Pathfinder Maps, Pathfinder Accessories, Pawns, Starfinder Society Subscriber; Pathfinder Roleplaying Game Superscriber

Guys, guys. Okra should be shallow fried, not deep fried.

Slice it, shake it in a paper bag with cornmeal/flour/salt/pepper. Put it in an iron skillet with a thin* layer of bacon grease on the bottom, single layer of okra slices.

Fry until golden brown, flip okra and fry some more until it is crispy.

Serve hot.

*1/8 to 1/4 in layer of hot grease on the bottom of the skillet.

Deep-fried is a commercial fast-food joint abomination that was created because dropping okra in the already-available-potato-deep-fry-machine was simpler than actually frying it. You want a thin wrap of cornmeal, not a winter coat of blobby flour


That IS my favorite way to eat it, and it's the way I grew up eating it. But you don't get that style in restaurants. At least not any that I've encountered.


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I will say one thing southern folk got right is grits. Don't even bother in yankee country we got no idea what we are doing up here.


Don't even know what okra is.


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Kileanna wrote:
Don't even know what okra is.

It's a semi-tropical vegetable from the mallow family, originally from Africa, brought to the US by slaves, and adopted as poor-folk food across the south. Easy to grow in drought conditions, and a critical ingredient in Cajun (and sometimes Creole) food.

It has thickening properties somewhat like cornstarch.

Cross section

Sliced for cooking


Kileanna wrote:
I never tried to make my own bacon but I think I'm going to start just for trying.

I've seen several how-tos on how to make your own cold smoker, and I still want to try cold smoking bacon.

The next week or so, I'll be swinging by the butcher and hope to pick up some guanciale (Italian cured pork jowl) so I can make bucatini all'amatriciana, which sounds delicious.

Planpanther wrote:
I will say one thing southern folk got right is grits. Don't even bother in yankee country we got no idea what we are doing up here.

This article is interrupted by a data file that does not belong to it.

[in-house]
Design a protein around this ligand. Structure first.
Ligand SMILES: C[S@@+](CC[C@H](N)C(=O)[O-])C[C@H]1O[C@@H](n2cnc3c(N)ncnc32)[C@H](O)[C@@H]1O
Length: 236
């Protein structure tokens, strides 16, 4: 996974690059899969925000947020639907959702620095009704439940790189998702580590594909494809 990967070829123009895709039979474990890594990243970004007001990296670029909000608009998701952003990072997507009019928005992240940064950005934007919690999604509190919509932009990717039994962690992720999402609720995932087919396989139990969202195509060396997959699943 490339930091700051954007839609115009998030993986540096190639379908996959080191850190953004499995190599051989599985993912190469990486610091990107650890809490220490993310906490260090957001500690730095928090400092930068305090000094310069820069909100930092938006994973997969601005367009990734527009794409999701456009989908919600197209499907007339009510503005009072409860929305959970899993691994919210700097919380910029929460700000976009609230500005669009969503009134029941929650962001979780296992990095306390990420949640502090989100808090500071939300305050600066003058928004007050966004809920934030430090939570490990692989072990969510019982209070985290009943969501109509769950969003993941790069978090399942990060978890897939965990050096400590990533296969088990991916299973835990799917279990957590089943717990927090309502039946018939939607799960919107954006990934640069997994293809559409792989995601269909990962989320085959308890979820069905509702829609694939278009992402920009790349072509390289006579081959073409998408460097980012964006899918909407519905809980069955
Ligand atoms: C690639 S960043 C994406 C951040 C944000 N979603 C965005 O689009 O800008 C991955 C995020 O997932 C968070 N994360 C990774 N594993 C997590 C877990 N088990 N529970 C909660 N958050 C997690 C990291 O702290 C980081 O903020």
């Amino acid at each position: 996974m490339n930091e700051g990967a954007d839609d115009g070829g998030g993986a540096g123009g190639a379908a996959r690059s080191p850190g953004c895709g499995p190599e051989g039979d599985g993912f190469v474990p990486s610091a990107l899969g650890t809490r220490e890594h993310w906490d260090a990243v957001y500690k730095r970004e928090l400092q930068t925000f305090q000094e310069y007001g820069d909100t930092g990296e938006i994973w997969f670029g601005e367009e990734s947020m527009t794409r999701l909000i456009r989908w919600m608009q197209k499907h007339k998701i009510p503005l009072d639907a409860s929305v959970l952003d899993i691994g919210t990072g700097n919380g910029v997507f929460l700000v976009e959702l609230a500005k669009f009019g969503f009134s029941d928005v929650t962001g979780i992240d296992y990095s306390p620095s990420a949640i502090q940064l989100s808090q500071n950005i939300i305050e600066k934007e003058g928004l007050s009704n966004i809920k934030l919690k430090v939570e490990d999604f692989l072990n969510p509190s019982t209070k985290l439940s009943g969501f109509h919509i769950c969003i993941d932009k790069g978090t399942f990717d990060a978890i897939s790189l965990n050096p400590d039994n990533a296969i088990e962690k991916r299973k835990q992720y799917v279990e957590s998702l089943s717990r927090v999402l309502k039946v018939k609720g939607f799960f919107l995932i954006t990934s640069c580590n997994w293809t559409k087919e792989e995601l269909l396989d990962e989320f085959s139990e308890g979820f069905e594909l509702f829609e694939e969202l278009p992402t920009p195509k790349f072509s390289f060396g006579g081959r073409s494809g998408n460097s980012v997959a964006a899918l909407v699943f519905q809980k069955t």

I've lived in the (U.S.) South my entire life and I'm still not fond of grits (or polenta either), even though my mom was raised loving grits. But even I have to admit that cheesy grits served with crumbled bacon and garlicky shrimp is still pretty delicious.


Kileanna wrote:
John Napier 698 wrote:
Vidmaster7 wrote:
This thread is so varied.
It's what makes it so interesting.
We mostly talk about food.

Hmmmm, Food-lovers are Way too Loquacious? Nah, that'd never catch on.


That's what FaWtL means? I've seen that theme a lot of times and never knew.


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Kileanna wrote:
That's what FaWtL means? I've seen that theme a lot of times and never knew.

Almost. FaWtL is Forums are Way too Long, started because one Paizo poster complained that too many people reply to threads; I think he wanted threads capped at 25 comments or less. So, naturally, this made a bunch of folk immediately turn that thread into the longest series of threads on the Paizo forums.

Edit: Oops, he wanted threads capped/pruned down to 10 pages or less. Poor IssacX. I hope we didn't break his brain too badly.


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There's something bad about people answering to threads?
I still have a couple of threads I created that didn't get enough love and fell into oblivion until they get necromanciated in a couple of years when I cannot even remember having posted them and I no longer care.
I was expecting at least a troll or two ;-P


CrystalSeas wrote:
Kileanna wrote:
Don't even know what okra is.

It's a semi-tropical vegetable from the mallow family, originally from Africa, brought to the US by slaves, and adopted as poor-folk food across the south. Easy to grow in drought conditions, and a critical ingredient in Cajun (and sometimes Creole) food.

It has thickening properties somewhat like cornstarch.

Cross section

Sliced for cooking

We called it 'Ladies' Fingers', for some reason...


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DungeonmasterCal wrote:
I like it raw or fried. Boiled it's slimy and the texture is terrible. Not a fan of pickled okra, either.

On the list of things to make one day, I want to make an African style gumbo that I saw prepared once, which used the slimy portion of okra as the thickening agent. I just don't make gumbo very often, it was always my dad's thing (though he hasn't made it in a while either).

We're also northerners, but we fell in love with Cajun food on a trip to New Orleans back in the late 80's.


Pillbug Toenibbler wrote:
Kileanna wrote:
That's what FaWtL means? I've seen that theme a lot of times and never knew.

Almost. FaWtL is Forums are Way too Long, started because one Paizo poster complained that too many people reply to threads; I think he wanted threads capped at 25 comments or less. So, naturally, this made a bunch of folk immediately turn that thread into the longest series of threads on the Paizo forums.

Edit: Oops, he wanted threads capped/pruned down to 10 pages or less. Poor IssacX. I hope we didn't break his brain too badly.

Longest series, not the longest thread though... last one to post wins is at least one which is longer.


Pffft. Deep 6 FaWTL is currently at over 3000 pages. Which is more than seven times the length of LOtPW.


which is a shame, if you think about it.


We are not doing our job, then xD


Eh I'm pretty sure about half the posts on FaWTL is from captain yesterday or one of his aliases.